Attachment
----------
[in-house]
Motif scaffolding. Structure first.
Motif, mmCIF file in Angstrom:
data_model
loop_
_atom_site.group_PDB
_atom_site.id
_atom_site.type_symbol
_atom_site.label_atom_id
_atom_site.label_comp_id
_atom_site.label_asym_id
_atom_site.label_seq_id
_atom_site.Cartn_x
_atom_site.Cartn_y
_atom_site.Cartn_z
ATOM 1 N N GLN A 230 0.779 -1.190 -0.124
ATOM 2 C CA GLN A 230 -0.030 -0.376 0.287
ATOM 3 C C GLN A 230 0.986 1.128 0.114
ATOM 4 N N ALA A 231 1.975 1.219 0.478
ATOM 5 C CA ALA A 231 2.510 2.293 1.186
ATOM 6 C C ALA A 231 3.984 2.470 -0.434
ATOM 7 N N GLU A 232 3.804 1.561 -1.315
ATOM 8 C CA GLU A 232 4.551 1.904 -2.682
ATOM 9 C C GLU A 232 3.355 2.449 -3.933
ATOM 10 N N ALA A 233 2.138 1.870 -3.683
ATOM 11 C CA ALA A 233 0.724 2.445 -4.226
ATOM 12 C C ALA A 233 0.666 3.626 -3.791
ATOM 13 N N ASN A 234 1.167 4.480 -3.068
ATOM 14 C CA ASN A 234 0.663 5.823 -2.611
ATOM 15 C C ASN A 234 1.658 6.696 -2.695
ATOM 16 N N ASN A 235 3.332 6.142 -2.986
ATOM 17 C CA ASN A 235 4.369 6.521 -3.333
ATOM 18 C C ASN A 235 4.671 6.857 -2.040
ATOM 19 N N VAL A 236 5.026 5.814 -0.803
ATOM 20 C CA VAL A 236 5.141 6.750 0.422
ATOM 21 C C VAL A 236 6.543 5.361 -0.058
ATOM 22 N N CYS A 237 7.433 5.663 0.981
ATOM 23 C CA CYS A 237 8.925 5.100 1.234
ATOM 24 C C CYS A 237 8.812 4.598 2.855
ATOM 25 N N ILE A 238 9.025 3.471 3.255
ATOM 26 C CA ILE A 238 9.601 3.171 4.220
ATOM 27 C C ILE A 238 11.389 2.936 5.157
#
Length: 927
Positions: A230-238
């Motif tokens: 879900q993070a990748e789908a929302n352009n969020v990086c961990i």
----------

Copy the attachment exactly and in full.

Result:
[in-house]
Motif scaffolding. Structure first.
Motif, mmCIF file in Angstrom:
data_model
loop_
_atom_site.group_PDB
_atom_site.id
_atom_site.type_symbol
_atom_site.label_atom_id
_atom_site.label_comp_id
_atom_site.label_asym_id
_atom_site.label_seq_id
_atom_site.Cartn_x
_atom_site.Cartn_y
_atom_site.Cartn_z
ATOM 1 N N GLN A 230 0.779 -1.190 -0.124
ATOM 2 C CA GLN A 230 -0.030 -0.376 0.287
ATOM 3 C C GLN A 230 0.986 1.128 0.114
ATOM 4 N N ALA A 231 1.975 1.219 0.478
ATOM 5 C CA ALA A 231 2.510 2.293 1.186
ATOM 6 C C ALA A 231 3.984 2.470 -0.434
ATOM 7 N N GLU A 232 3.804 1.561 -1.315
ATOM 8 C CA GLU A 232 4.551 1.904 -2.682
ATOM 9 C C GLU A 232 3.355 2.449 -3.933
ATOM 10 N N ALA A 233 2.138 1.870 -3.683
ATOM 11 C CA ALA A 233 0.724 2.445 -4.226
ATOM 12 C C ALA A 233 0.666 3.626 -3.791
ATOM 13 N N ASN A 234 1.167 4.480 -3.068
ATOM 14 C CA ASN A 234 0.663 5.823 -2.611
ATOM 15 C C ASN A 234 1.658 6.696 -2.695
ATOM 16 N N ASN A 235 3.332 6.142 -2.986
ATOM 17 C CA ASN A 235 4.369 6.521 -3.333
ATOM 18 C C ASN A 235 4.671 6.857 -2.040
ATOM 19 N N VAL A 236 5.026 5.814 -0.803
ATOM 20 C CA VAL A 236 5.141 6.750 0.422
ATOM 21 C C VAL A 236 6.543 5.361 -0.058
ATOM 22 N N CYS A 237 7.433 5.663 0.981
ATOM 23 C CA CYS A 237 8.925 5.100 1.234
ATOM 24 C C CYS A 237 8.812 4.598 2.855
ATOM 25 N N ILE A 238 9.025 3.471 3.255
ATOM 26 C CA ILE A 238 9.601 3.171 4.220
ATOM 27 C C ILE A 238 11.389 2.936 5.157
#
Length: 927
Positions: A230-238
């Motif tokens: 879900q993070a990748e789908a929302n352009n969020v990086c961990i």